One consequence of Congressional inaction in addition to there being no estate tax as of January 1, 2010, has to do with the tax basis of inherited assets (other than IRAs, annuities, pension type benefits and other “income in respect of decedent” assets).
In the past when someone died and you inherited their assets such as stocks or real estate, you took as your tax cost basis for taxable gains purposes the fair market value of the assets as of the date of death of the decedent.
This means that when you sold the asset you basically subtracted the basis from the sales price to arrive at your taxable gain on the sale. Usually, with “ever increasing values”, the date of death value was significantly higher than the decedent’s cost basis, if the decedent owned the asset for a long period of time. This meant that by inheriting the asset and getting a “stepped-up” basis, your taxable gain on the subsequent sale was often less that if it had been sold by the decedent.
As of January 1, 2010, generally, you take the same basis as the decedent had which is called the carryover basis. In theory, if a decedent held an asset for a long period of time, his or her basis would normally be less than the date of death fair market value, which meant that the taxable gain on the subsequent sale and resulting income tax would usually be higher with a carryover basis. However, with the stock market and real estate market over the last 10 years or so, this may not be the case.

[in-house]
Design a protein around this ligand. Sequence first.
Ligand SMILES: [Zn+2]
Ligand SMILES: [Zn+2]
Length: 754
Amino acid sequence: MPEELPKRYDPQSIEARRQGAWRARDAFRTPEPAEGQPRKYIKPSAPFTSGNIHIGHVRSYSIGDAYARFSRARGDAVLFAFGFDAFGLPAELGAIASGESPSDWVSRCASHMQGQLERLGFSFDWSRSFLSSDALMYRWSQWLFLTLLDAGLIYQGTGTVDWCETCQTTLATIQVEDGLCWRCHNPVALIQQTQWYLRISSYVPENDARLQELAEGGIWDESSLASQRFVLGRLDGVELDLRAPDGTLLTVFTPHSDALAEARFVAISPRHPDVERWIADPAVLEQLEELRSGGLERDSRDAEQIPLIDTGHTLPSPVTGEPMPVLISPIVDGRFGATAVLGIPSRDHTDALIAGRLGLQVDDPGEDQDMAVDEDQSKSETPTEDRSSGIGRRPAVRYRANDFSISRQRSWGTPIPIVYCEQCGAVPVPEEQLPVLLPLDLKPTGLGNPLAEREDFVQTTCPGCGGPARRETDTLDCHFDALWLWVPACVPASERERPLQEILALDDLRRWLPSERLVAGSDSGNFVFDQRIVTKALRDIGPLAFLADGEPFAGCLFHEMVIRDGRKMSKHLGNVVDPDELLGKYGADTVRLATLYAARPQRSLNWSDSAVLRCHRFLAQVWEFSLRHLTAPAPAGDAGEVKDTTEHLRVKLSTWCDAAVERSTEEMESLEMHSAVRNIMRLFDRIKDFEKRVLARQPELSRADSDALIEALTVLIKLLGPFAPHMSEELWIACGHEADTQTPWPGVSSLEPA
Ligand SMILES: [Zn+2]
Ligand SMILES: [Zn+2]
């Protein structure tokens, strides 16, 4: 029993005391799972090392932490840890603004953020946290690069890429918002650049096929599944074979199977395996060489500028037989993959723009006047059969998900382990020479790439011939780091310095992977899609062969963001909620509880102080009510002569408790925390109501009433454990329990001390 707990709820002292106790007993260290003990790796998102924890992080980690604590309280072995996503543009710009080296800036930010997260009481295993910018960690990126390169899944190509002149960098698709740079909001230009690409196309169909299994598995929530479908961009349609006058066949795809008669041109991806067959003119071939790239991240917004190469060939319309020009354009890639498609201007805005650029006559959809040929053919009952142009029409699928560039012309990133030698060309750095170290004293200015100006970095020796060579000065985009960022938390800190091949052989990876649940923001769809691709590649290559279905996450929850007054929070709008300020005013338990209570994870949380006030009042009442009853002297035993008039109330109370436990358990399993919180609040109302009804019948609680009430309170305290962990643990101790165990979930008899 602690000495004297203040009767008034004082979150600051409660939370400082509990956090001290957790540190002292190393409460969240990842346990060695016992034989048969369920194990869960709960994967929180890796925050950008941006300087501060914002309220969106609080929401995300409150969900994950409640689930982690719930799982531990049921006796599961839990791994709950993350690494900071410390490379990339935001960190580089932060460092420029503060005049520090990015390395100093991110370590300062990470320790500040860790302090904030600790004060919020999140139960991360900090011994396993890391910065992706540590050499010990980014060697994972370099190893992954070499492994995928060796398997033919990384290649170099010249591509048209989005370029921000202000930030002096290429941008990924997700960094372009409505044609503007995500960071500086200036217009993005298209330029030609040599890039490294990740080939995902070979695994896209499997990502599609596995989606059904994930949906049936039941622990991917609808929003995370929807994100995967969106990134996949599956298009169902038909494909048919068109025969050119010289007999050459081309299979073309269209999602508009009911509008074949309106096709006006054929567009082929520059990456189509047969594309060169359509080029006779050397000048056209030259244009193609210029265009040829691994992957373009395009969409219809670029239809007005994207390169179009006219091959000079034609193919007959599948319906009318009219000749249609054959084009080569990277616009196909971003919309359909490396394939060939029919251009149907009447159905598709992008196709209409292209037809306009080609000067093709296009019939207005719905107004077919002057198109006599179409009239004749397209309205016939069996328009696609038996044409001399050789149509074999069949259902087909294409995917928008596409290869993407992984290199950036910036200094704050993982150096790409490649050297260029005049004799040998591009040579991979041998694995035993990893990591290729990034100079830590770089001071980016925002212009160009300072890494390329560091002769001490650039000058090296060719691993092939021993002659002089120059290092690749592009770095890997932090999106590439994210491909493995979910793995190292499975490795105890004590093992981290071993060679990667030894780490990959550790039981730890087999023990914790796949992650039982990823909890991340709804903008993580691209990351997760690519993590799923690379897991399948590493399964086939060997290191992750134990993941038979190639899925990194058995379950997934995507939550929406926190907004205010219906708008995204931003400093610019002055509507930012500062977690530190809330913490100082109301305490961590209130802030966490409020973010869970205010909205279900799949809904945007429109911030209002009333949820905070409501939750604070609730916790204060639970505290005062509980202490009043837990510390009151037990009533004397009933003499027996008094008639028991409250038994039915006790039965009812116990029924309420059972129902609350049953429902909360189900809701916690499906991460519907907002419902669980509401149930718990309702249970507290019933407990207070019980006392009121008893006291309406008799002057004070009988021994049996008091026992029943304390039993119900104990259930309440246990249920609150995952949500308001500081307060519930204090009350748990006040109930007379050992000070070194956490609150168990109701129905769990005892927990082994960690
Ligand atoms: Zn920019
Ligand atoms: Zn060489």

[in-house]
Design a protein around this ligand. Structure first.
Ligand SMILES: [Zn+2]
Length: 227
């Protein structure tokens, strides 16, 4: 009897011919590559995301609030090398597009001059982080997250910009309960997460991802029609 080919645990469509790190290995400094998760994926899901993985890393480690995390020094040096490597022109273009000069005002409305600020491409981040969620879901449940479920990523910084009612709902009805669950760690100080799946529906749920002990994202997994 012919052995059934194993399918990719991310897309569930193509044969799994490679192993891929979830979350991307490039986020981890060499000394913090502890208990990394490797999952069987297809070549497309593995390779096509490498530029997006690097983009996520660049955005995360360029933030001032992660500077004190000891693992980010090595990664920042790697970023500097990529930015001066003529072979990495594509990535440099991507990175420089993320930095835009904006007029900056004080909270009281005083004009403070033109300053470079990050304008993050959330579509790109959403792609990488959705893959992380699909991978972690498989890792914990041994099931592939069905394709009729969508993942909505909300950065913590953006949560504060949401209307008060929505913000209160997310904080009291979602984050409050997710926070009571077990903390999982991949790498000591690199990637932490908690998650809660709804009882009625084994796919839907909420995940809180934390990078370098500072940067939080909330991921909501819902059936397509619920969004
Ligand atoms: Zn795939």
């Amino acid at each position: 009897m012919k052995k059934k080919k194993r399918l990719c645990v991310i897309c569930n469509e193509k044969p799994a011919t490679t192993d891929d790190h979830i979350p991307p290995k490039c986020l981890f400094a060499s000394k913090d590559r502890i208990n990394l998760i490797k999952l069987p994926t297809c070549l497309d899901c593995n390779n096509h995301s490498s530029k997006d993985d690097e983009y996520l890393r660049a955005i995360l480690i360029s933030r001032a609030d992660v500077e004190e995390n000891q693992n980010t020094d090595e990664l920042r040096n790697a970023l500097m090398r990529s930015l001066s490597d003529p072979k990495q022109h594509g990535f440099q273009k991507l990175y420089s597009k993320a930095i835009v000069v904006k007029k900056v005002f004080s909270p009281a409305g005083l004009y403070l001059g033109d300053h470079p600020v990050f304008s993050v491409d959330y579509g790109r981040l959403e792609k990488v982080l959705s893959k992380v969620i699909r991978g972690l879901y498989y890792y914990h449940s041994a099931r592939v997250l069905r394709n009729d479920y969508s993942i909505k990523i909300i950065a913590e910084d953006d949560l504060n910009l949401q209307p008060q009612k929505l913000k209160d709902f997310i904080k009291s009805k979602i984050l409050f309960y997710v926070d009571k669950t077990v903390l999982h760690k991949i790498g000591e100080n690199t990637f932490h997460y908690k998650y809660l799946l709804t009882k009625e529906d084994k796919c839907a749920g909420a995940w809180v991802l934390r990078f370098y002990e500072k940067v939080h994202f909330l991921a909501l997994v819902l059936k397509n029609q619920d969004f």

Additionally, there are special rules as of January 1, 2010 providing for a step-up in basis of $1,300,000 in assets and an additional $3,000,000 for marital deduction assets. What this means is that for most decedents the new rule may not have a significant impact over the old rules, but it can and will require additional analysis.
So far almost all tax practitioners have ignored the problem on the theory that it would never actually come into being, but it is here. However, although it is currently the law, most practitioners and commentators believe that Congress will retroactively reinstate the law as it was in 2009 or something similar and go back to stepped-up basis.
What Congress will actually do, is anybody’s guess these days. However, we do want you to be aware of the potential issues and possible need to thoroughly evaluate the sale of significant inherited assets prior to sale. Keep in mind that similar considerations apply to selling assets while you are alive that might otherwise be inherited by family members upon your death.
Lastly, please keep in mind that there may be other adjustments that may need to be made that are not discussed here. This is not an exhaustive analysis and you should consult with your CPA, if you have any questions.